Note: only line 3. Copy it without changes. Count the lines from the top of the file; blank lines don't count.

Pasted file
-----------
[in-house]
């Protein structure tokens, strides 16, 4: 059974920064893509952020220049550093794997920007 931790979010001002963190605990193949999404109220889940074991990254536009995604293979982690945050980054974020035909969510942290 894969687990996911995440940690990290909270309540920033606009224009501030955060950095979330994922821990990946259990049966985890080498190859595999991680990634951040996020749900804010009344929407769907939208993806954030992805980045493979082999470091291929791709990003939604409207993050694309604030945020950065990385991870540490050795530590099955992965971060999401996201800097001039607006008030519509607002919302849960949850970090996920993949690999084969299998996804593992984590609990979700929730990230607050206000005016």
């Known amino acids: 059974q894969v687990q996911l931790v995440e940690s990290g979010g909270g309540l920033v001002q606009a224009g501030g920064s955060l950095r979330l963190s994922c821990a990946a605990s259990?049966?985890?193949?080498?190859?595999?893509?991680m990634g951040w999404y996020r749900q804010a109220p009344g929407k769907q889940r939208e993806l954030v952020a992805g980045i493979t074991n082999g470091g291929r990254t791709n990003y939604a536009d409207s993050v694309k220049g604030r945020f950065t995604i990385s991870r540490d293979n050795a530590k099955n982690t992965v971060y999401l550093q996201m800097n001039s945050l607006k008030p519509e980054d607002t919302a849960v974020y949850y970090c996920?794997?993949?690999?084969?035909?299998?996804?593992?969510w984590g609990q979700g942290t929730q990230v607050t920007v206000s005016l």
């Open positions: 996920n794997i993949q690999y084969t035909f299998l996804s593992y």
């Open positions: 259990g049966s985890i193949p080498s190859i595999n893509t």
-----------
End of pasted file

């Known amino acids: 059974q894969v687990q996911l931790v995440e940690s990290g979010g909270g309540l920033v001002q606009a224009g501030g920064s955060l950095r979330l963190s994922c821990a990946a605990s259990?049966?985890?193949?080498?190859?595999?893509?991680m990634g951040w999404y996020r749900q804010a109220p009344g929407k769907q889940r939208e993806l954030v952020a992805g980045i493979t074991n082999g470091g291929r990254t791709n990003y939604a536009d409207s993050v694309k220049g604030r945020f950065t995604i990385s991870r540490d293979n050795a530590k099955n982690t992965v971060y999401l550093q996201m800097n001039s945050l607006k008030p519509e980054d607002t919302a849960v974020y949850y970090c996920?794997?993949?690999?084969?035909?299998?996804?593992?969510w984590g609990q979700g942290t929730q990230v607050t920007v206000s005016l």